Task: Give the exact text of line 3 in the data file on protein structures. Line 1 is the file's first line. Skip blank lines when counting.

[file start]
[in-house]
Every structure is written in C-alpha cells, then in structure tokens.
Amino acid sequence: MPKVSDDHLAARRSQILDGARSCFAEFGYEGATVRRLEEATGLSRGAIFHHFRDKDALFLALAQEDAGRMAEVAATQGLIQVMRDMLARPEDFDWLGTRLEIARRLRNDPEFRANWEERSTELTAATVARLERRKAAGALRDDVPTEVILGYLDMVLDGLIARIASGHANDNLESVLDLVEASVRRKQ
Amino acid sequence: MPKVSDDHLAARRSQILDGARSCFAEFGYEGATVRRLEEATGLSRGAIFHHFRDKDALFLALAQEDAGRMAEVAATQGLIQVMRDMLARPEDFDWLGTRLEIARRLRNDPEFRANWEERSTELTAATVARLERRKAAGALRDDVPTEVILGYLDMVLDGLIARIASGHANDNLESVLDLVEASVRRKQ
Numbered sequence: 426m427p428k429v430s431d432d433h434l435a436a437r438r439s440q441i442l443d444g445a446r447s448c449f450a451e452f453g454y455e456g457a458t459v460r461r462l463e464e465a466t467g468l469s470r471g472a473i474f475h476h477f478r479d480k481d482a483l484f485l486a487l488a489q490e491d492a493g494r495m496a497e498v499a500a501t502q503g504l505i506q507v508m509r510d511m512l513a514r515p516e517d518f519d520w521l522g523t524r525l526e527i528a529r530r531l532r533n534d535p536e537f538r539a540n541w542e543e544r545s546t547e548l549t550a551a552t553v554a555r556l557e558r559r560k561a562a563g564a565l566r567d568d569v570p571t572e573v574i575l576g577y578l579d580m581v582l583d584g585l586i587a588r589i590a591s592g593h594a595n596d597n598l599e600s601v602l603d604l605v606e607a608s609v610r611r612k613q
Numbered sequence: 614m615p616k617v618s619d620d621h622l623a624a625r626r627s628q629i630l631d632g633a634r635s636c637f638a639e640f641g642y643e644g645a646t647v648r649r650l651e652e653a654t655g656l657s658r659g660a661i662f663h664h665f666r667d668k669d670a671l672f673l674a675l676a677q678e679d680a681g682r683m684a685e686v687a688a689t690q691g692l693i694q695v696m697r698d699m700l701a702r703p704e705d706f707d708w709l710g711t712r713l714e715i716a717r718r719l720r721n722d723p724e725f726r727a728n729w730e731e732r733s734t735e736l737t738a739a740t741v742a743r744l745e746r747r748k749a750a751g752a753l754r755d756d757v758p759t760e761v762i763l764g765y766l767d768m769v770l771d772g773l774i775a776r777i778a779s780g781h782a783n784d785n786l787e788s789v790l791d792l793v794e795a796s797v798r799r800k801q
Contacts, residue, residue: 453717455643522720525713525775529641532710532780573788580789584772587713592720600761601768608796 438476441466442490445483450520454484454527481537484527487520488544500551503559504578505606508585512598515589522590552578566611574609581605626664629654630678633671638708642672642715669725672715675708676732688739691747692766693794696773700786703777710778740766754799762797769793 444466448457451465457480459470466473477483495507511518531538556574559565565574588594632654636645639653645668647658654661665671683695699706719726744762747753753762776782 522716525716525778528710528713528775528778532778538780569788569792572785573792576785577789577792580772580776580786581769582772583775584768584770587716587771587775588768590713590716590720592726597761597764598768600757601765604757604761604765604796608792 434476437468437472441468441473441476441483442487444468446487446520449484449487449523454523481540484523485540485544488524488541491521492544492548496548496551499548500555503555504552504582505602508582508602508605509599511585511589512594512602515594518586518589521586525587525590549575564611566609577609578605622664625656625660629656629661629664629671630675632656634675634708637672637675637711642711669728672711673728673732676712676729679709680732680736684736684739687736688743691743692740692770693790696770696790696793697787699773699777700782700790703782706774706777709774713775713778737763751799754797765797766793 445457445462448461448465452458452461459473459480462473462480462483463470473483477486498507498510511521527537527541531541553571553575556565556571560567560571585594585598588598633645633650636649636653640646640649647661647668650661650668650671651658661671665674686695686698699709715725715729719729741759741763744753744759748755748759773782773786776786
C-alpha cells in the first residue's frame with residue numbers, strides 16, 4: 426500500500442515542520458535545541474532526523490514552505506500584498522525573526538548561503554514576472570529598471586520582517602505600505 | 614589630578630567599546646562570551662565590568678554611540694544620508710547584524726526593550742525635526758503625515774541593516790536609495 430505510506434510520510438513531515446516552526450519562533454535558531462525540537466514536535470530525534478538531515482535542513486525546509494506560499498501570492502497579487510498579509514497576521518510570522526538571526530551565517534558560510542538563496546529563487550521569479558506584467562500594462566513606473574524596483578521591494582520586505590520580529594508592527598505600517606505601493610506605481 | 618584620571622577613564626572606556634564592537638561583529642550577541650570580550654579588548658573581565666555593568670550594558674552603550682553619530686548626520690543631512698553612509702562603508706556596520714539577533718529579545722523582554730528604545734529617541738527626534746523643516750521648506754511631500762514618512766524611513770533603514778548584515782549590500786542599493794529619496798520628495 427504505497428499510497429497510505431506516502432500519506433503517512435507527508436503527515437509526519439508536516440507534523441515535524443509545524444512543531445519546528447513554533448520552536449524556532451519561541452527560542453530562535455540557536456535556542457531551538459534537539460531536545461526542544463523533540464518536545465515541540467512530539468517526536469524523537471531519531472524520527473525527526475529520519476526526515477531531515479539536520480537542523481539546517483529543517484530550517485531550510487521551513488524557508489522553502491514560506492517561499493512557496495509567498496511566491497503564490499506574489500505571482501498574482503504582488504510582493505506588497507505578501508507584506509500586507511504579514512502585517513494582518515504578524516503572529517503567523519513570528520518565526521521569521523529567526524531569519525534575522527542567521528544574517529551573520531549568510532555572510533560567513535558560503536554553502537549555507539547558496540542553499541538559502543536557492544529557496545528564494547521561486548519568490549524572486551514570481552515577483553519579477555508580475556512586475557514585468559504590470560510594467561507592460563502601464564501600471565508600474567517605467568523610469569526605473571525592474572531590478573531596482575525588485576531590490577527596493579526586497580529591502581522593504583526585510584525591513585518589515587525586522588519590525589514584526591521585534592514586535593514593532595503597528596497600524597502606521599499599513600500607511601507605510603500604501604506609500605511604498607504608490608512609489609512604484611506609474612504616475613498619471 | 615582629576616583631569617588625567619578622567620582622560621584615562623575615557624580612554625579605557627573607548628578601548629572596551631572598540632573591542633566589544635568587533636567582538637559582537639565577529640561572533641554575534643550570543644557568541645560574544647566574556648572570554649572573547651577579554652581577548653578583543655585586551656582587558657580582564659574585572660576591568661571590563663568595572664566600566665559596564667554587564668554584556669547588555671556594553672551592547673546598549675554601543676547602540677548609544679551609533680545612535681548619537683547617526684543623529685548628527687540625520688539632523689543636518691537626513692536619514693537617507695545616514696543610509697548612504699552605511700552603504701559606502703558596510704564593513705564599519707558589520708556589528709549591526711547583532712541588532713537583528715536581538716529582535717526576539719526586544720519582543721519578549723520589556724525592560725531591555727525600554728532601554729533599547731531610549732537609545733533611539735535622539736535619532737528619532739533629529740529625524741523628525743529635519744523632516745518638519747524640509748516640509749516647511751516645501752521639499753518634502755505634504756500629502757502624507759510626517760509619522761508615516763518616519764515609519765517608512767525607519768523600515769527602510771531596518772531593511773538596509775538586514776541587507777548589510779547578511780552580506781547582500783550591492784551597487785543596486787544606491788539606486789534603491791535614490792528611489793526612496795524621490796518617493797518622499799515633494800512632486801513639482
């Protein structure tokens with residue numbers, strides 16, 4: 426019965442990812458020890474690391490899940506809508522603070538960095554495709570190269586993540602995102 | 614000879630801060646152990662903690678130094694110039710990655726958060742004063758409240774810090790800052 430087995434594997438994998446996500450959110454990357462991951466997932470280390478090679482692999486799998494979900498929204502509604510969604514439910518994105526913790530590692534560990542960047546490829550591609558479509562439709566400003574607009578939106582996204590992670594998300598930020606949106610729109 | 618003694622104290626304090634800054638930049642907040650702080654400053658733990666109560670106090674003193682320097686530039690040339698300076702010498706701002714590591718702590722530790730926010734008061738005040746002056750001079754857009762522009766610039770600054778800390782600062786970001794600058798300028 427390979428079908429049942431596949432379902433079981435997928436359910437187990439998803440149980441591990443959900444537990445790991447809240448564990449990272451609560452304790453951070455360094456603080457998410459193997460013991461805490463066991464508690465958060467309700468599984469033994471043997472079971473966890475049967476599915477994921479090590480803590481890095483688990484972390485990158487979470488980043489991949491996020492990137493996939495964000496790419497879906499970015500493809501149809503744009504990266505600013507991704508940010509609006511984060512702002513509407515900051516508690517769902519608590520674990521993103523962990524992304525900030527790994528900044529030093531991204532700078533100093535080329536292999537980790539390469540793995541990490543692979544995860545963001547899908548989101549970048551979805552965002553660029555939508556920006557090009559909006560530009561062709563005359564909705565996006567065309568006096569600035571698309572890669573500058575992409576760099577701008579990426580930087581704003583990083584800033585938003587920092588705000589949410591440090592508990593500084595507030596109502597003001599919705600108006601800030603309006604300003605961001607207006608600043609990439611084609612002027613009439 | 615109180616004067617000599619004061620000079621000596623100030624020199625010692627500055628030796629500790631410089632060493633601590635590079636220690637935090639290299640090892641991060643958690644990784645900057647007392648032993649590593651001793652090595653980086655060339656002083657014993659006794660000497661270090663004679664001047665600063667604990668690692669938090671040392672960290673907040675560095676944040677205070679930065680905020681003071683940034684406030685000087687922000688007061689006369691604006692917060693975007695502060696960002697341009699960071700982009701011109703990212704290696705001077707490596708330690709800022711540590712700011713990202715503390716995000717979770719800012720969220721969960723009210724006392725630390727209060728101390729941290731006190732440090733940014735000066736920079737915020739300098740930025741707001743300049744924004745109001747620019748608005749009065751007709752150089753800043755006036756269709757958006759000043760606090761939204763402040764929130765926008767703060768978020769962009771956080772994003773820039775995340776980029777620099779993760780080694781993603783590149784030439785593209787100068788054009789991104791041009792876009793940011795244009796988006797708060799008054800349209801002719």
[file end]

Amino acid sequence: MPKVSDDHLAARRSQILDGARSCFAEFGYEGATVRRLEEATGLSRGAIFHHFRDKDALFLALAQEDAGRMAEVAATQGLIQVMRDMLARPEDFDWLGTRLEIARRLRNDPEFRANWEERSTELTAATVARLERRKAAGALRDDVPTEVILGYLDMVLDGLIARIASGHANDNLESVLDLVEASVRRKQ